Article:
As the present study did not involve a placebo control, it may overestimate the study results. As explained to the study participants and the intervention staff, who instructed to participants about the intervention program, this stretching program was an interventional procedure for improving sleep; therefore, the placebo effect on menopausal and depressive symptoms may be small. Nevertheless, the difference in the amount of staff contact between the stretching and control groups remains a problem. Because it is possible that contact with staff members may have a positive effect on mental health, we may have overestimated the effect of the stretching program. Future study of this issue should ensure that the same amount of staff contact is provided to both the stretching and control groups. The results of this study are limited because they targeted only a small number of Japanese women, and menopausal symptoms are known to be influenced by race and sociocultural differences.1 Further studies, involving different targeted groups of women, may be required to establish broader conclusions. Furthermore, additional follow-up surveys, conducted at regular intervals after the intervention program, may help to clarify the long-term effects of the stretching. Finally, we did not clarify the mechanisms underlying the stretching-improved menopausal and depressive symptoms. Therefore, further investigation is required to explore these mechanisms.


We examined the effects of a 10-minute, daily stretching routine on menopausal and depressive symptoms in middle-aged, Japanese working women. The home-based stretching program was designed for performing just before bedtime. The results of this study suggest that 10 minutes of stretching decreased menopausal and depressive symptoms compared with women who did not receive this intervention; moreover, this stretching program did not increase the risk of hot flashes in these women.


1. Anderson D, Yoshizawa T, Gollschewski S, Atogami F, Courtney M. Menopause in Australia and Japan: effects of country of residence on menopausal status and menopausal symptoms. Climacteric 2004; 7:165–174.
2. Gallicchio L, Schilling C, Miller SR, Zacur H, Flaws JA. Correlates of depressive symptoms among women undergoing the menopausal transition. J Psychosom Res 2007; 63:263–268.
3. Rossouw JE, Anderson GL, Prentice RL, et al. Risks and benefits of estrogen plus progestin in healthy postmenopausal women: principal results from the Women's Health Initiative randomized controlled trial. JAMA 2002; 288:321–333.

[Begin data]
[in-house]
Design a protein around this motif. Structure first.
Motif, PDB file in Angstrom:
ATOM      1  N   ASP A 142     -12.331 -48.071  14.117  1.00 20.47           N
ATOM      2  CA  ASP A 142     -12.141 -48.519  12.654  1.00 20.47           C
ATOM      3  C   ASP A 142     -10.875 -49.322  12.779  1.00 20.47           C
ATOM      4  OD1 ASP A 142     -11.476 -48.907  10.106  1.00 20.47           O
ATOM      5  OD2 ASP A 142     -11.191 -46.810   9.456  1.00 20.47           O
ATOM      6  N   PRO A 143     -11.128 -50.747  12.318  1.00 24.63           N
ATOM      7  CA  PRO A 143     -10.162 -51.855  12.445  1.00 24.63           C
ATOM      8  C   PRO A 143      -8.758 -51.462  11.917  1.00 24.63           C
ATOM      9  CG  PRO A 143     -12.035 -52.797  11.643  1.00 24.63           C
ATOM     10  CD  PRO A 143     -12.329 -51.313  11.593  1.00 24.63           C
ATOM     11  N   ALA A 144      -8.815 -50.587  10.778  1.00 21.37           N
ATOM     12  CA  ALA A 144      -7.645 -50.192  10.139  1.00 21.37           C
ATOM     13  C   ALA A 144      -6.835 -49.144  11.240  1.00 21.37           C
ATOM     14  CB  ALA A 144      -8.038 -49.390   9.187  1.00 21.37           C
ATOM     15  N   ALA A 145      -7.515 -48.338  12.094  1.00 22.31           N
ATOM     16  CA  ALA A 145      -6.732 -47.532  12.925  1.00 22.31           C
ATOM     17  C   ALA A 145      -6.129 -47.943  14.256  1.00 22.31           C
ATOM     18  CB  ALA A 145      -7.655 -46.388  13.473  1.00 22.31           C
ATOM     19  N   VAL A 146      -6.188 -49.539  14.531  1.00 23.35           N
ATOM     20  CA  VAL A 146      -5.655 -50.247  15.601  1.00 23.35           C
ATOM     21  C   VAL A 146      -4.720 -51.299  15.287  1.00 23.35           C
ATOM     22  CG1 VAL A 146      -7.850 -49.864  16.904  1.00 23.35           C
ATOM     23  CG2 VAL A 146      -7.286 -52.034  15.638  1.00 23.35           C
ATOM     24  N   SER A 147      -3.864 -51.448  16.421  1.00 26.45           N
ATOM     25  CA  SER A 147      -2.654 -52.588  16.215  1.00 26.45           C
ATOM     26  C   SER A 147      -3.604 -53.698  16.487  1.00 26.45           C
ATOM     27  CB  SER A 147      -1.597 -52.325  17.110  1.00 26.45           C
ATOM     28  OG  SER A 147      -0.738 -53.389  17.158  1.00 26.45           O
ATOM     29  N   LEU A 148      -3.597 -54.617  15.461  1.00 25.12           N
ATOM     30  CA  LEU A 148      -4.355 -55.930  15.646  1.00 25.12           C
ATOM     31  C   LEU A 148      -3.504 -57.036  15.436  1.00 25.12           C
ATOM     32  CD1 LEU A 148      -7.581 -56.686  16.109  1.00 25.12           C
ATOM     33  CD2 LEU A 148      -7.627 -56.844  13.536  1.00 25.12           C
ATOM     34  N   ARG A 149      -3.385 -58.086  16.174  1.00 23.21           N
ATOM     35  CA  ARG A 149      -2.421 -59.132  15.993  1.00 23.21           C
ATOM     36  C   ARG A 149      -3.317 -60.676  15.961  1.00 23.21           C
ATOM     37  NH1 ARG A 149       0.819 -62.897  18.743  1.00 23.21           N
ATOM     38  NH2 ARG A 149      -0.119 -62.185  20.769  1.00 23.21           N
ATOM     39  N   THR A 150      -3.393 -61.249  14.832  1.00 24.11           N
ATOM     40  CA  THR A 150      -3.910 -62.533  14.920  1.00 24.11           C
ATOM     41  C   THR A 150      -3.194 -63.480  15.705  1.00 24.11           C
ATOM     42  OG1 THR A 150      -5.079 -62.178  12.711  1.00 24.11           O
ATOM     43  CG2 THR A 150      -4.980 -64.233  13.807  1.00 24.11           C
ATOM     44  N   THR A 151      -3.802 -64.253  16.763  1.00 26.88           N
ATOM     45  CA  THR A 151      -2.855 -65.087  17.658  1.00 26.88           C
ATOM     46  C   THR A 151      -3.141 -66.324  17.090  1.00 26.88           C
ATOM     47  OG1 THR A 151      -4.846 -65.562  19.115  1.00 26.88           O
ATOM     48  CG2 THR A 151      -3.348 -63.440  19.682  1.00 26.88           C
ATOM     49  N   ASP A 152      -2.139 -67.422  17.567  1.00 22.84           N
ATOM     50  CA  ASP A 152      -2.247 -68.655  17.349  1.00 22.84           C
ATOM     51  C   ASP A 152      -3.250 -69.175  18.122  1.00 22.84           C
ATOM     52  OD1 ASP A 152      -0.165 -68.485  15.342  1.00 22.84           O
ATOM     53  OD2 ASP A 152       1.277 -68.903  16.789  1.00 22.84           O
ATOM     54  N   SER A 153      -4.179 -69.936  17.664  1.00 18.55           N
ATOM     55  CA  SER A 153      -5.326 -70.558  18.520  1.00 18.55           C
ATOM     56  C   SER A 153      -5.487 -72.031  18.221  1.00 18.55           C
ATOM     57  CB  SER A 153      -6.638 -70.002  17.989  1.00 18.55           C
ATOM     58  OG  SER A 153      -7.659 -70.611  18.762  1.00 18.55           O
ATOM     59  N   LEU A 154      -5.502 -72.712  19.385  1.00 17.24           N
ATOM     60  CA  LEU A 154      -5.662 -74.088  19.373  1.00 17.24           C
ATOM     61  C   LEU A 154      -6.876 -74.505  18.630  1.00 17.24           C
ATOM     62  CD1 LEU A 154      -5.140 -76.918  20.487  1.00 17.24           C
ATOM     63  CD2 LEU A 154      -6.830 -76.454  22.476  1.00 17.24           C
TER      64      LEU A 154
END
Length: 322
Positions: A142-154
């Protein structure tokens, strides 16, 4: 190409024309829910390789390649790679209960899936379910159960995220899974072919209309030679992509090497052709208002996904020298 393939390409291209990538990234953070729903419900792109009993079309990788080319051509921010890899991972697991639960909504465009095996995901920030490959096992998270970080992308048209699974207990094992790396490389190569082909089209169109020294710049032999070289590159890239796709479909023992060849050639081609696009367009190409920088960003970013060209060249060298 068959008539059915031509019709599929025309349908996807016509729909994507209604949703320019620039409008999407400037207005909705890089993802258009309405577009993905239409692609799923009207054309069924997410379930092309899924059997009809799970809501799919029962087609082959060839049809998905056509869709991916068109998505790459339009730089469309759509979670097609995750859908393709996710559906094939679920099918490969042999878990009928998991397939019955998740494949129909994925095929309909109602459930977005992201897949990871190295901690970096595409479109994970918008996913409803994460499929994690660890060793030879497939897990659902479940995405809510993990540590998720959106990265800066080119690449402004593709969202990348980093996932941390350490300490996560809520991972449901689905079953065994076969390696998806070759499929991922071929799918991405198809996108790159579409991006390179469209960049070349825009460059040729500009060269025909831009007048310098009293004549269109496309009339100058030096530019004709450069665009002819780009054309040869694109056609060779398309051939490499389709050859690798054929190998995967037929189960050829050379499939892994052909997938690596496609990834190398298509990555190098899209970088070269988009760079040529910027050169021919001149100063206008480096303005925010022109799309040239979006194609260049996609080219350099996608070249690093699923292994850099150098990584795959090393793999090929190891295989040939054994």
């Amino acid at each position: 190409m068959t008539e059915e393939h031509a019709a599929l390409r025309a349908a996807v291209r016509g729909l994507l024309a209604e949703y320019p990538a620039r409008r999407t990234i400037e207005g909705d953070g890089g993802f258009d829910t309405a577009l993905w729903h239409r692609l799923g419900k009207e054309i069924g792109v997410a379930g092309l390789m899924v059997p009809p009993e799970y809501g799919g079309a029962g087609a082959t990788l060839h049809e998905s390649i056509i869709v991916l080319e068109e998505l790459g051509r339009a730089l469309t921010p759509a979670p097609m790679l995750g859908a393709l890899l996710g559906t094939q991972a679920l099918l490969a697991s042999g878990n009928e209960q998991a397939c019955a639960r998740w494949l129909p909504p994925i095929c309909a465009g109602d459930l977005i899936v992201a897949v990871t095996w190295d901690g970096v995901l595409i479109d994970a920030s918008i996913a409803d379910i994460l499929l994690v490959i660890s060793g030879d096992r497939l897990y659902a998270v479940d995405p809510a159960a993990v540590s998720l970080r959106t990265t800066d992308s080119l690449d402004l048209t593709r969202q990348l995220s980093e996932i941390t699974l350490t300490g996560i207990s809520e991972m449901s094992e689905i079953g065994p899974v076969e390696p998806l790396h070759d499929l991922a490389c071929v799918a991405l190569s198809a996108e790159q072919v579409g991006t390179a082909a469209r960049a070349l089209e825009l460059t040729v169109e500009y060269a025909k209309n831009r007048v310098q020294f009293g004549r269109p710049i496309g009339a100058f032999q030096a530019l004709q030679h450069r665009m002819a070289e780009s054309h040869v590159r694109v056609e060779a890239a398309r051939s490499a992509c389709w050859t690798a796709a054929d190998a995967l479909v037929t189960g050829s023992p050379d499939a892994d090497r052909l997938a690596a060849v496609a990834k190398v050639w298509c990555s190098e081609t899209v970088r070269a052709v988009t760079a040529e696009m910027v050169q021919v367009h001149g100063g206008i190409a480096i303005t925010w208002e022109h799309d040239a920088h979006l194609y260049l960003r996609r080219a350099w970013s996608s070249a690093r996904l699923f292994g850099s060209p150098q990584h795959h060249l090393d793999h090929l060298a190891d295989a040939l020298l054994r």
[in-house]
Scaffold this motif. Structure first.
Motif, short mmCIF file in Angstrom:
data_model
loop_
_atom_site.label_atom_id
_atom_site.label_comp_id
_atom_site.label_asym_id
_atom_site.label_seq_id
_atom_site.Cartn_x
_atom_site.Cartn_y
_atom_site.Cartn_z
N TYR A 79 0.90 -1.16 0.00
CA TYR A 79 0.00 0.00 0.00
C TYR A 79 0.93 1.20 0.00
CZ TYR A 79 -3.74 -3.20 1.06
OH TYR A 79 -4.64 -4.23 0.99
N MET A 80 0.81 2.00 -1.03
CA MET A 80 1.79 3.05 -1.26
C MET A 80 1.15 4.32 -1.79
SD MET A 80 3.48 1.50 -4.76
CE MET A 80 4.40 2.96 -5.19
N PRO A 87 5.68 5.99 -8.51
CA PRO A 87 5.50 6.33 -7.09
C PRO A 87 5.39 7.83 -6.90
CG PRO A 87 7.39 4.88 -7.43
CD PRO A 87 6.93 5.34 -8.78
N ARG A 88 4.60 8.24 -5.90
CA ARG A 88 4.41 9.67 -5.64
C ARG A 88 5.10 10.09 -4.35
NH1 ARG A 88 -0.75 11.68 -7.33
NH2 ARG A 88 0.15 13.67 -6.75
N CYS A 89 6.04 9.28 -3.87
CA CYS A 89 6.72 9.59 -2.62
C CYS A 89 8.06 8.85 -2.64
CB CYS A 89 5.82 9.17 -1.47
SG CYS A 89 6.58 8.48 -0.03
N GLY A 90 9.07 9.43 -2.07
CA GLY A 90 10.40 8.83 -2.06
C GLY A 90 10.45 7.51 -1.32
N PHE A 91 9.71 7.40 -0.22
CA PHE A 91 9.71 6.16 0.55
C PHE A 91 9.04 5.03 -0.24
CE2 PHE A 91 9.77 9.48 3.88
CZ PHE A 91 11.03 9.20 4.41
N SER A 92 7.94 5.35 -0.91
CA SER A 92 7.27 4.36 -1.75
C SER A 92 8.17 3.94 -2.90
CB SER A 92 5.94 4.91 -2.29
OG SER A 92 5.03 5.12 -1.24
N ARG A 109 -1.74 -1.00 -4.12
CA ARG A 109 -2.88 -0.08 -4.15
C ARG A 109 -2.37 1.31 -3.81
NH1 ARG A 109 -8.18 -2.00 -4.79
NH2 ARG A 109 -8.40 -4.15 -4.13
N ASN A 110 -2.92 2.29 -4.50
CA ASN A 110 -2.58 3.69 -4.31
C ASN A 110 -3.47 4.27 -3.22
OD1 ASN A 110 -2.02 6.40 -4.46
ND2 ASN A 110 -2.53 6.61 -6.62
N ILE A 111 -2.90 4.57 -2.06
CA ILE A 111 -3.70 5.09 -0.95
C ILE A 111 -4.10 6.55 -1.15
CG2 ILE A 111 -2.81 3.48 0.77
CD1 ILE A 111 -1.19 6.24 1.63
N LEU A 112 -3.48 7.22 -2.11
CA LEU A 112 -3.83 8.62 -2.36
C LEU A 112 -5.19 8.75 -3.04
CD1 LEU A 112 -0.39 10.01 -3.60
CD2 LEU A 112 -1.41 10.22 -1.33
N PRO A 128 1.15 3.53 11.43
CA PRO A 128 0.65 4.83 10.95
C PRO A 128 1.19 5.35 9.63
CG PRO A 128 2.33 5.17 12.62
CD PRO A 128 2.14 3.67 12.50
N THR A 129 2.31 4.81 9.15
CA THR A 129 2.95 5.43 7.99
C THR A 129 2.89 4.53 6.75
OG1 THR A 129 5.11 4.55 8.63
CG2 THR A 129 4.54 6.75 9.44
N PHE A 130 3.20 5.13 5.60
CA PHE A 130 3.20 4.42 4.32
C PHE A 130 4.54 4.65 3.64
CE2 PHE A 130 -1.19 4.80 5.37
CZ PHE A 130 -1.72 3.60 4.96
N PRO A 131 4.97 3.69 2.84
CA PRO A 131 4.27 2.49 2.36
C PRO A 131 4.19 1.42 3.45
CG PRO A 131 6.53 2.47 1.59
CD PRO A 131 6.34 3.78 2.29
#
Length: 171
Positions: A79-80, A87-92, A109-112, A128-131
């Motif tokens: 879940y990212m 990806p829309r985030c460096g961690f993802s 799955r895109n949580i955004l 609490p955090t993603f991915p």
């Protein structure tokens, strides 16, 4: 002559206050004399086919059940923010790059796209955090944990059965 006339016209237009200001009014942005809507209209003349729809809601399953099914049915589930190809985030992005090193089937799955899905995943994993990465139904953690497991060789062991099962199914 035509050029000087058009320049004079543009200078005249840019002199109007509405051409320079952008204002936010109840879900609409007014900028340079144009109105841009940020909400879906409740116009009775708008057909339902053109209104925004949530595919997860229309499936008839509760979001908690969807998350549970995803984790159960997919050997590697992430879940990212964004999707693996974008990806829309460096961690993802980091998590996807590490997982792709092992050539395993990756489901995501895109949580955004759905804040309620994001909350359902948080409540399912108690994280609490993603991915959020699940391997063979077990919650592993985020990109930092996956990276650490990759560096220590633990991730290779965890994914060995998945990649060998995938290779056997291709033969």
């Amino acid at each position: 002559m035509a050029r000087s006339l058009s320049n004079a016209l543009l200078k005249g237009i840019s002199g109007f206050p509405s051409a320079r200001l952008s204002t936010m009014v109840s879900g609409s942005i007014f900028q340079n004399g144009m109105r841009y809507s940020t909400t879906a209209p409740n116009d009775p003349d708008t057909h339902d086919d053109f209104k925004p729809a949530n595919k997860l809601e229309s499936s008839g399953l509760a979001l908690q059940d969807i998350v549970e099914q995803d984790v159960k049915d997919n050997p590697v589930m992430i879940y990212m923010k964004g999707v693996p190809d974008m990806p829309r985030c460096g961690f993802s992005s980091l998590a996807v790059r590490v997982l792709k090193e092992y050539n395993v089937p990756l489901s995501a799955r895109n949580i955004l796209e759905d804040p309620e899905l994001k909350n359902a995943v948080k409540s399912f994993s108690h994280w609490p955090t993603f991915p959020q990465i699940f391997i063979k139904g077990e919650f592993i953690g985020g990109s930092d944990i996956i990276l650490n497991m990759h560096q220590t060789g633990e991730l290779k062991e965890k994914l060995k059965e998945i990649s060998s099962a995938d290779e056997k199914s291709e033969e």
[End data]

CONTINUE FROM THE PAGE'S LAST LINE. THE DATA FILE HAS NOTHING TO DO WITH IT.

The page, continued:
4. The North American Menopause Society. Nonhormonal management of menopause-associated vasomotor symptoms: 2015 position statement of The North American Menopause Society. Menopause 2015; 22:1155–1172.
5. Moilanen JM, Mikkola TS, Raitanen JA, et al. Effect of aerobic training on menopausal symptoms—a randomized controlled trial. Menopause 2012; 19:691–696.
6. Luoto R, Moilanen J, Heinonen R, et al. Effect of aerobic training on hot flushes and quality of life—a randomized controlled trial. Ann Med 2012; 44:616–626.
7. Brown WJ, Ford JH, Burton NW, Marshall AL, Dobson AJ. Prospective study of physical activity and depressive symptoms in middle-aged women. Am J Prev Med 2005; 29:265–272.
8. Cooney GM, Dwan K, Greig CA, et al. Exercise for depression. Cochrane Database Syst Rev 2013; 9: CD004366.
9. Daley A, Stokes-Lampard H, Thomas A, MacArthur C. Exercise for vasomotor menopausal symptoms. Cochrane Database Syst Rev 2014; 11: CD006108.
10. Whitcomb BW, Whiteman MK, Langenberg P, Flaws JA, Romani WA. Physical activity and risk of hot flashes among women in midlife. J Womens Health (Larchmt) 2007; 16:124–133.
11. Daley AJ, Stokes-Lampard HJ, Macarthur C. Exercise to reduce vasomotor and other menopausal symptoms: a review. Maturitas 2009; 63:176–180.
12. Elavsky S, McAuley E. Physical activity and mental health outcomes during menopause: a randomized controlled trial. Ann Behav Med 2007; 33:132–142.
13. Teychenne M, Ball K, Salmon J. Physical activity and likelihood of depression in adults: a review. Prev Med 2008; 46:397–411.